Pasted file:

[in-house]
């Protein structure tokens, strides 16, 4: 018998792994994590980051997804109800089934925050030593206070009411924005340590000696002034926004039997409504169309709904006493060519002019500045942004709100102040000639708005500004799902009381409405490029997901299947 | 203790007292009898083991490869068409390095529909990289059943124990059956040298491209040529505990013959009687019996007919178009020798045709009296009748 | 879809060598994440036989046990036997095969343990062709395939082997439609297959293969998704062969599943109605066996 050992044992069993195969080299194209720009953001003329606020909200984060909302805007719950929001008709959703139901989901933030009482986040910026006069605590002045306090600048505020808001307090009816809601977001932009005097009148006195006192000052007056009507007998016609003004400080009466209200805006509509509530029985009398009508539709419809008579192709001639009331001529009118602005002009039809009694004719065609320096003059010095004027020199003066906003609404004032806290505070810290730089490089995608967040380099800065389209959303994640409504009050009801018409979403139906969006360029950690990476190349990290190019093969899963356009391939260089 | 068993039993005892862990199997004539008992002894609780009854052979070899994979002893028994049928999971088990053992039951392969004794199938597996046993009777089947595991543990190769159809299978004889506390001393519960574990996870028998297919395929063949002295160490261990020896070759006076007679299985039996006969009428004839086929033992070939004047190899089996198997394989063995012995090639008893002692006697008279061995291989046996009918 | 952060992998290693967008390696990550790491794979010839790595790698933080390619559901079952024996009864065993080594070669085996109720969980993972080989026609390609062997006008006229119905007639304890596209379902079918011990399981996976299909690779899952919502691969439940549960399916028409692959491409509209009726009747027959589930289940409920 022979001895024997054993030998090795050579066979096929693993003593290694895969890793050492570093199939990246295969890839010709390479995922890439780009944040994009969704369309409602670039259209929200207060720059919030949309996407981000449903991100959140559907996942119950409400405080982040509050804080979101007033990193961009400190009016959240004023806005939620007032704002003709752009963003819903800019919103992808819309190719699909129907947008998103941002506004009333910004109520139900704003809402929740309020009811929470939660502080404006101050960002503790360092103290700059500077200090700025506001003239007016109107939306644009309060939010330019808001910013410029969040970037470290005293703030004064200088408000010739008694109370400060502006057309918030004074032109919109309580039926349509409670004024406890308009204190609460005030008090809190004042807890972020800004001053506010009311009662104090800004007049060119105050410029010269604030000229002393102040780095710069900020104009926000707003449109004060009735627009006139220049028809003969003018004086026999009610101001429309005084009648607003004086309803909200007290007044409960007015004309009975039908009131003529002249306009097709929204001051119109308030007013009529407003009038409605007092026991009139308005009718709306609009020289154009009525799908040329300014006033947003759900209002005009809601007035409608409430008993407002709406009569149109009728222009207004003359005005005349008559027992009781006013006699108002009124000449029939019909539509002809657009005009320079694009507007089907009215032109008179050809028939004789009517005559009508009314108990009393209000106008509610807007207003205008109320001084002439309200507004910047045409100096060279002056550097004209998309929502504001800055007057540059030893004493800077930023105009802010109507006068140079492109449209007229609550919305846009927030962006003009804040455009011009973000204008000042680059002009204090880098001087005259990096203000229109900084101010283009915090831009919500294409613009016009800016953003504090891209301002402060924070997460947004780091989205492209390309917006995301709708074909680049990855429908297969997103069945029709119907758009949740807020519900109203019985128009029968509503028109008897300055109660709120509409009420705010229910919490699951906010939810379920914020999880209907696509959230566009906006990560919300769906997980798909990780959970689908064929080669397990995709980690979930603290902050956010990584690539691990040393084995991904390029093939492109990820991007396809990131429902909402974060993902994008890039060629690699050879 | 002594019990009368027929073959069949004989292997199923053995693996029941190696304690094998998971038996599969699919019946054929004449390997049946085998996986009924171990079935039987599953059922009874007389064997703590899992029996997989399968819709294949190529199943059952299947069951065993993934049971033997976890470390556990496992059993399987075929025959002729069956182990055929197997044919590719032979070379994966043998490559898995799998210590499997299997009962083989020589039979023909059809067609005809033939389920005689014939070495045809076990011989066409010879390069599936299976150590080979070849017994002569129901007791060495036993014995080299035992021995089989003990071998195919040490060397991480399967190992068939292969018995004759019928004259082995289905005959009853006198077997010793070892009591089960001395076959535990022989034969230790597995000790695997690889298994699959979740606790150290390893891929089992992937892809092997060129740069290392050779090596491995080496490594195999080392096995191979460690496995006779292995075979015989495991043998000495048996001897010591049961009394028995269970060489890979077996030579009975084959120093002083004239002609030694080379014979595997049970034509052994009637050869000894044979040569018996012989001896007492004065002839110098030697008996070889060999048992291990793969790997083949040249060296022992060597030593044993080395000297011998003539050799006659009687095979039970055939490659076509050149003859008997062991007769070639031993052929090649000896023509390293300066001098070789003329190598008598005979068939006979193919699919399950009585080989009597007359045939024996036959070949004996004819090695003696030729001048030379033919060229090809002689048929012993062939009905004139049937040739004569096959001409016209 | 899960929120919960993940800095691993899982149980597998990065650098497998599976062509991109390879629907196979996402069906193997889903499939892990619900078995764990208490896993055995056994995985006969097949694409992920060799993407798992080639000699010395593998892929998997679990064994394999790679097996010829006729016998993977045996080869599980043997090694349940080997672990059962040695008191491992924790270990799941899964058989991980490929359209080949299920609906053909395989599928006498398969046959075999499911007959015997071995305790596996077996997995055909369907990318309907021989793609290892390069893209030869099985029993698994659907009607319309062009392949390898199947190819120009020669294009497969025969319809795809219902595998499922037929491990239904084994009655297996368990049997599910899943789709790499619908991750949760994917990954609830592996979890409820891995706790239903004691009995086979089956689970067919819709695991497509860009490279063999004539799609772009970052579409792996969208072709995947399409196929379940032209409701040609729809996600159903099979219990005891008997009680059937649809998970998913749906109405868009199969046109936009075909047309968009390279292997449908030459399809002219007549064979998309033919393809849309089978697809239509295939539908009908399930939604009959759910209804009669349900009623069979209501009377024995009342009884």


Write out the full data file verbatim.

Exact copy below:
[in-house]
């Protein structure tokens, strides 16, 4: 018998792994994590980051997804109800089934925050030593206070009411924005340590000696002034926004039997409504169309709904006493060519002019500045942004709100102040000639708005500004799902009381409405490029997901299947 | 203790007292009898083991490869068409390095529909990289059943124990059956040298491209040529505990013959009687019996007919178009020798045709009296009748 | 879809060598994440036989046990036997095969343990062709395939082997439609297959293969998704062969599943109605066996 050992044992069993195969080299194209720009953001003329606020909200984060909302805007719950929001008709959703139901989901933030009482986040910026006069605590002045306090600048505020808001307090009816809601977001932009005097009148006195006192000052007056009507007998016609003004400080009466209200805006509509509530029985009398009508539709419809008579192709001639009331001529009118602005002009039809009694004719065609320096003059010095004027020199003066906003609404004032806290505070810290730089490089995608967040380099800065389209959303994640409504009050009801018409979403139906969006360029950690990476190349990290190019093969899963356009391939260089 | 068993039993005892862990199997004539008992002894609780009854052979070899994979002893028994049928999971088990053992039951392969004794199938597996046993009777089947595991543990190769159809299978004889506390001393519960574990996870028998297919395929063949002295160490261990020896070759006076007679299985039996006969009428004839086929033992070939004047190899089996198997394989063995012995090639008893002692006697008279061995291989046996009918 | 952060992998290693967008390696990550790491794979010839790595790698933080390619559901079952024996009864065993080594070669085996109720969980993972080989026609390609062997006008006229119905007639304890596209379902079918011990399981996976299909690779899952919502691969439940549960399916028409692959491409509209009726009747027959589930289940409920 022979001895024997054993030998090795050579066979096929693993003593290694895969890793050492570093199939990246295969890839010709390479995922890439780009944040994009969704369309409602670039259209929200207060720059919030949309996407981000449903991100959140559907996942119950409400405080982040509050804080979101007033990193961009400190009016959240004023806005939620007032704002003709752009963003819903800019919103992808819309190719699909129907947008998103941002506004009333910004109520139900704003809402929740309020009811929470939660502080404006101050960002503790360092103290700059500077200090700025506001003239007016109107939306644009309060939010330019808001910013410029969040970037470290005293703030004064200088408000010739008694109370400060502006057309918030004074032109919109309580039926349509409670004024406890308009204190609460005030008090809190004042807890972020800004001053506010009311009662104090800004007049060119105050410029010269604030000229002393102040780095710069900020104009926000707003449109004060009735627009006139220049028809003969003018004086026999009610101001429309005084009648607003004086309803909200007290007044409960007015004309009975039908009131003529002249306009097709929204001051119109308030007013009529407003009038409605007092026991009139308005009718709306609009020289154009009525799908040329300014006033947003759900209002005009809601007035409608409430008993407002709406009569149109009728222009207004003359005005005349008559027992009781006013006699108002009124000449029939019909539509002809657009005009320079694009507007089907009215032109008179050809028939004789009517005559009508009314108990009393209000106008509610807007207003205008109320001084002439309200507004910047045409100096060279002056550097004209998309929502504001800055007057540059030893004493800077930023105009802010109507006068140079492109449209007229609550919305846009927030962006003009804040455009011009973000204008000042680059002009204090880098001087005259990096203000229109900084101010283009915090831009919500294409613009016009800016953003504090891209301002402060924070997460947004780091989205492209390309917006995301709708074909680049990855429908297969997103069945029709119907758009949740807020519900109203019985128009029968509503028109008897300055109660709120509409009420705010229910919490699951906010939810379920914020999880209907696509959230566009906006990560919300769906997980798909990780959970689908064929080669397990995709980690979930603290902050956010990584690539691990040393084995991904390029093939492109990820991007396809990131429902909402974060993902994008890039060629690699050879 | 002594019990009368027929073959069949004989292997199923053995693996029941190696304690094998998971038996599969699919019946054929004449390997049946085998996986009924171990079935039987599953059922009874007389064997703590899992029996997989399968819709294949190529199943059952299947069951065993993934049971033997976890470390556990496992059993399987075929025959002729069956182990055929197997044919590719032979070379994966043998490559898995799998210590499997299997009962083989020589039979023909059809067609005809033939389920005689014939070495045809076990011989066409010879390069599936299976150590080979070849017994002569129901007791060495036993014995080299035992021995089989003990071998195919040490060397991480399967190992068939292969018995004759019928004259082995289905005959009853006198077997010793070892009591089960001395076959535990022989034969230790597995000790695997690889298994699959979740606790150290390893891929089992992937892809092997060129740069290392050779090596491995080496490594195999080392096995191979460690496995006779292995075979015989495991043998000495048996001897010591049961009394028995269970060489890979077996030579009975084959120093002083004239002609030694080379014979595997049970034509052994009637050869000894044979040569018996012989001896007492004065002839110098030697008996070889060999048992291990793969790997083949040249060296022992060597030593044993080395000297011998003539050799006659009687095979039970055939490659076509050149003859008997062991007769070639031993052929090649000896023509390293300066001098070789003329190598008598005979068939006979193919699919399950009585080989009597007359045939024996036959070949004996004819090695003696030729001048030379033919060229090809002689048929012993062939009905004139049937040739004569096959001409016209 | 899960929120919960993940800095691993899982149980597998990065650098497998599976062509991109390879629907196979996402069906193997889903499939892990619900078995764990208490896993055995056994995985006969097949694409992920060799993407798992080639000699010395593998892929998997679990064994394999790679097996010829006729016998993977045996080869599980043997090694349940080997672990059962040695008191491992924790270990799941899964058989991980490929359209080949299920609906053909395989599928006498398969046959075999499911007959015997071995305790596996077996997995055909369907990318309907021989793609290892390069893209030869099985029993698994659907009607319309062009392949390898199947190819120009020669294009497969025969319809795809219902595998499922037929491990239904084994009655297996368990049997599910899943789709790499619908991750949760994917990954609830592996979890409820891995706790239903004691009995086979089956689970067919819709695991497509860009490279063999004539799609772009970052579409792996969208072709995947399409196929379940032209409701040609729809996600159903099979219990005891008997009680059937649809998970998913749906109405868009199969046109936009075909047309968009390279292997449908030459399809002219007549064979998309033919393809849309089978697809239509295939539908009908399930939604009959759910209804009669349900009623069979209501009377024995009342009884």